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Re: Retracting the term ownership (was: Re: Separate trusted computing d

From: Christian Stüble
Subject: Re: Retracting the term ownership (was: Re: Separate trusted computing designs)
Date: Fri, 1 Sep 2006 10:09:49 +0200
User-agent: KMail/1.9.1

Am Freitag, 1. September 2006 00:36 schrieb Marcus Brinkmann:
> At Thu, 31 Aug 2006 14:38:34 -0400,
> "Jonathan S. Shapiro" <address@hidden> wrote:
> > I do not believe that the same is true for TPM. The problem with TPM is
> > that the one widely publicized application is DRM. In discussions on
> > this list, we have identified a number of scenarios where TPM protects
> > the interests of the *customer*. TPM per se is merely a mechanism for
> > mechanically embedding certain contract terms. Some of those contracts
> > are socially bad, some are socially neutral, and some are socially
> > positive.
> That's the real question, isn't it?  The TPM supporters are
> cherry-picking the use cases and evaluating the scenarios mostly under
> the aspects of protection, and a narrow set of other interests.  So
> are doing some of the critics, I should add.  That's why I am
> targeting at a level of analysis that transcends the individual use
> cases.  A complete evaluation of the expected net effect on society is
> desperately lacking, but the threats are numerous and have been
> expressed by many parties.  To downplay this to the DRM example is an
> understatement of the criticism that exists.
The interesting question for me is whether the negative scenarios coming
with this technologie are caused by a bad design of the technology, or whether 
these bad examples are a logical consequence of a design that
allows the "good" ones (independent of the fact that we have different 
understandings what the "good" and "bad" examples are). 

> > There does not appear to be any technical means for differentiating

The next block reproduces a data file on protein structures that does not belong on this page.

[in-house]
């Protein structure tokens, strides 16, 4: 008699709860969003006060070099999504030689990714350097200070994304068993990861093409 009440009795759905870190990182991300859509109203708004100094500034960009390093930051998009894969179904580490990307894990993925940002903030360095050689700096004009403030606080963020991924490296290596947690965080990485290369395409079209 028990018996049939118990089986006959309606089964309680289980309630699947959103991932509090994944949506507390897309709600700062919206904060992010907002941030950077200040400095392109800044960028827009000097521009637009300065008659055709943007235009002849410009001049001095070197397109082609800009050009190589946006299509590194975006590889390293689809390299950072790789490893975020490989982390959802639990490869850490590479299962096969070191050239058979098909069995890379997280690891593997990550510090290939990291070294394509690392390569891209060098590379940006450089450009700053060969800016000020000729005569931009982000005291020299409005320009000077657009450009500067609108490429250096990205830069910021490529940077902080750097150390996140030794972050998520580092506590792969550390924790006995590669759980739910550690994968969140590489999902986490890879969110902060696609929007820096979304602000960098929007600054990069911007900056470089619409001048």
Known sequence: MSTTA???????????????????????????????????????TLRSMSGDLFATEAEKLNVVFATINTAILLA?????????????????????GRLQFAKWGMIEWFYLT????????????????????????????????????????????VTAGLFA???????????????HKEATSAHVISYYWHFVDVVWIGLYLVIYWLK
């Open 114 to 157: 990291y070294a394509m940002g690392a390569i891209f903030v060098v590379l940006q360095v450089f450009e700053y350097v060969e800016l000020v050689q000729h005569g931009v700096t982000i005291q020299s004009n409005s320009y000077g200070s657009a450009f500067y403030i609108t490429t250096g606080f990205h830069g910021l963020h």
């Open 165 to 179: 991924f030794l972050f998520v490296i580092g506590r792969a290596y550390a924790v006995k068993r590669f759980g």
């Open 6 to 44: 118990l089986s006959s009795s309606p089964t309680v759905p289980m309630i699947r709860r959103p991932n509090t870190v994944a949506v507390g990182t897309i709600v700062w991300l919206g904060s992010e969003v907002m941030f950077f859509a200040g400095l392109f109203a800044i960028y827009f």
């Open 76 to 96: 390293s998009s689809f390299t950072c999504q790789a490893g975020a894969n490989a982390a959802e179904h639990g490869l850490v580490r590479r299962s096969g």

> > among these.
> There doesn't need to be.  We can do it in the old-fashioned, human
> way.
> > But arguing against TPM because of the single example of DRM does not
> > strike me as a sound approach. In principle, it is a good thing that
> > parties to a contract should be able to verify compliance.
> This is one of the claims that I would like to see analyzed further.
> I have given several specific, real world examples where this does not
> seem to be the case, but where breaking the terms of a contract is not
> only legitimate, but sometimes even a responsibility.  The most recent
> examples where the Pentagon papers, emergency action to avert danger,
> lieing in a job interview, and shrink-wrap licenses.
> > DRM is an unfortunate perversion of this technical capability.
> My current opinion is that the analysis indicates that it is not a
> perversion of the technology, but that the perversion is inherent in
> the technology, because of the inherent nature of information as
> non-proprietarizable.
> Interestingly enough, the same argument shows that the technology
> fundamentally doesn't work in the long run.  However, even if it
> doesn't work in principle, its attempted implementation can
> potentially do a lot of harm in the meantime.
> Thanks,
> Marcus

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